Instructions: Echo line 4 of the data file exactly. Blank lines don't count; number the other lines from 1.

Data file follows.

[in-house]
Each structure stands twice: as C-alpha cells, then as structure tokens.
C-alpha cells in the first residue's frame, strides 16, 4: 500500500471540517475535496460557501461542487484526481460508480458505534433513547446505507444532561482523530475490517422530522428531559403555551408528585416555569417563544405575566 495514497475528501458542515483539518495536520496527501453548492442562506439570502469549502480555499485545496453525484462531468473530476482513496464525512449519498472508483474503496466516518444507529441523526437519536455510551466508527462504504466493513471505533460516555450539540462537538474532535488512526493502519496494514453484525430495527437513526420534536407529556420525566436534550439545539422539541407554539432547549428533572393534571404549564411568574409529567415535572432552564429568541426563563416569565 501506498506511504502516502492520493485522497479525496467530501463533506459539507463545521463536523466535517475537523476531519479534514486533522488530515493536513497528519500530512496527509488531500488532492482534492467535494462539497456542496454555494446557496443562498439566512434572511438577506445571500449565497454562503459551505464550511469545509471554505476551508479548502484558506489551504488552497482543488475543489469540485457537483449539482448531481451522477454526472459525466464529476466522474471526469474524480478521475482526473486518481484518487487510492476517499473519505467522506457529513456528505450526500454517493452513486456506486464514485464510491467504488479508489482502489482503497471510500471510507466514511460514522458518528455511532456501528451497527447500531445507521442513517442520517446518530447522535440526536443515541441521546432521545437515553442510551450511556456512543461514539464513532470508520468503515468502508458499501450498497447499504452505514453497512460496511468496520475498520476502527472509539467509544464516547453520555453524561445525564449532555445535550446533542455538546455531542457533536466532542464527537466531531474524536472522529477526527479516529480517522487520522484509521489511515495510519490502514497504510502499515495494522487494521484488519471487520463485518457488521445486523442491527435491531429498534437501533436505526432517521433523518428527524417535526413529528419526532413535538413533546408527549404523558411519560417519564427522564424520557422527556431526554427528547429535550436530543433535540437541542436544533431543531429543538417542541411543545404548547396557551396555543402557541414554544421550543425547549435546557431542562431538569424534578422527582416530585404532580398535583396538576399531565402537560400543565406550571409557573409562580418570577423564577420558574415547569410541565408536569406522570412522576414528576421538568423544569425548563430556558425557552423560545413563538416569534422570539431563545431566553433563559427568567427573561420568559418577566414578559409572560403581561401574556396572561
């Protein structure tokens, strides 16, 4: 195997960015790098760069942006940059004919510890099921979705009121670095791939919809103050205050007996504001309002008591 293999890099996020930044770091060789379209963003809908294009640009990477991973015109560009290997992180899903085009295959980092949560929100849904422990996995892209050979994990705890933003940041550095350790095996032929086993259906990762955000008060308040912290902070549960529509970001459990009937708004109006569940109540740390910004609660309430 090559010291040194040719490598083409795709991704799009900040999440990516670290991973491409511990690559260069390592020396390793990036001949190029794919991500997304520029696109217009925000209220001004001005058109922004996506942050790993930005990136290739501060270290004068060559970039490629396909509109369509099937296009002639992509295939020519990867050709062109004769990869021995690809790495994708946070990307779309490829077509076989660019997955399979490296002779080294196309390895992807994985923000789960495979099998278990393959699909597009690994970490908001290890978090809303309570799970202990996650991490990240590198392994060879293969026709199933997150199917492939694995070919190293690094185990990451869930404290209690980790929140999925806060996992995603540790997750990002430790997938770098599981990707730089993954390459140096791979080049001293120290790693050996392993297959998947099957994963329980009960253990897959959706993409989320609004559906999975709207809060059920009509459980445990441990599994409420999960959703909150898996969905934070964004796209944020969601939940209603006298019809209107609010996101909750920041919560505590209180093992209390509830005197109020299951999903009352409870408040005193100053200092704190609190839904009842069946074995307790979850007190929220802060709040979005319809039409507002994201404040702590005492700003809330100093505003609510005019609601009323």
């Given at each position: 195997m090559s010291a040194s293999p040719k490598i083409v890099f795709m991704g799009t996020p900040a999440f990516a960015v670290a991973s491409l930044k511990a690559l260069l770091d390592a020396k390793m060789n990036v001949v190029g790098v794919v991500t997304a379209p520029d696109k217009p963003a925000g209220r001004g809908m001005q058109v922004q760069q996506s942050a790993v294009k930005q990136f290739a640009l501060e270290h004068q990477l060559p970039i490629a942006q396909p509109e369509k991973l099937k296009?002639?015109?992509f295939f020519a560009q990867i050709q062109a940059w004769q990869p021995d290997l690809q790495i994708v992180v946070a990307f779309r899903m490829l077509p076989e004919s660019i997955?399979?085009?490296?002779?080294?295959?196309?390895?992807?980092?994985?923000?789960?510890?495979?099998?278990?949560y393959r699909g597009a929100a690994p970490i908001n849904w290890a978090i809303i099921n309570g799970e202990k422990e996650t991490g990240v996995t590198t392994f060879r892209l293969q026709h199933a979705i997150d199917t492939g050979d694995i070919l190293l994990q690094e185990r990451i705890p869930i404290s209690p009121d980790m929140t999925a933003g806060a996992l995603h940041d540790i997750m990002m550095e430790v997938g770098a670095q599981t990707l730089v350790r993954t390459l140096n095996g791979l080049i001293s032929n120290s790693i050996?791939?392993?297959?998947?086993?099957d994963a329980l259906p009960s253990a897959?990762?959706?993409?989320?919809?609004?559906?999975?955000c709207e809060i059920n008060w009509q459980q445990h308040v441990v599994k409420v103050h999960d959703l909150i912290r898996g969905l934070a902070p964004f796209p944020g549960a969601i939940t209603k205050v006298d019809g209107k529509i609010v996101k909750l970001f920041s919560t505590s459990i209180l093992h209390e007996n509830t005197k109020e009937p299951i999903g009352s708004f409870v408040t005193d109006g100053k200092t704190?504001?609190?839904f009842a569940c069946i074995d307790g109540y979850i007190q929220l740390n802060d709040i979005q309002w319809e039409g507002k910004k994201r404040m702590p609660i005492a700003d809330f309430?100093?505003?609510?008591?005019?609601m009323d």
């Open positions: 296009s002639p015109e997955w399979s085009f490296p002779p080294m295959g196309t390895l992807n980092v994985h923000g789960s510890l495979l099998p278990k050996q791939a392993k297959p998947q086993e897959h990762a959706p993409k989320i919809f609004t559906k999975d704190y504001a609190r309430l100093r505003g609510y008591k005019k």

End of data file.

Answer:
């Protein structure tokens, strides 16, 4: 195997960015790098760069942006940059004919510890099921979705009121670095791939919809103050205050007996504001309002008591 293999890099996020930044770091060789379209963003809908294009640009990477991973015109560009290997992180899903085009295959980092949560929100849904422990996995892209050979994990705890933003940041550095350790095996032929086993259906990762955000008060308040912290902070549960529509970001459990009937708004109006569940109540740390910004609660309430 090559010291040194040719490598083409795709991704799009900040999440990516670290991973491409511990690559260069390592020396390793990036001949190029794919991500997304520029696109217009925000209220001004001005058109922004996506942050790993930005990136290739501060270290004068060559970039490629396909509109369509099937296009002639992509295939020519990867050709062109004769990869021995690809790495994708946070990307779309490829077509076989660019997955399979490296002779080294196309390895992807994985923000789960495979099998278990393959699909597009690994970490908001290890978090809303309570799970202990996650991490990240590198392994060879293969026709199933997150199917492939694995070919190293690094185990990451869930404290209690980790929140999925806060996992995603540790997750990002430790997938770098599981990707730089993954390459140096791979080049001293120290790693050996392993297959998947099957994963329980009960253990897959959706993409989320609004559906999975709207809060059920009509459980445990441990599994409420999960959703909150898996969905934070964004796209944020969601939940209603006298019809209107609010996101909750920041919560505590209180093992209390509830005197109020299951999903009352409870408040005193100053200092704190609190839904009842069946074995307790979850007190929220802060709040979005319809039409507002994201404040702590005492700003809330100093505003609510005019609601009323």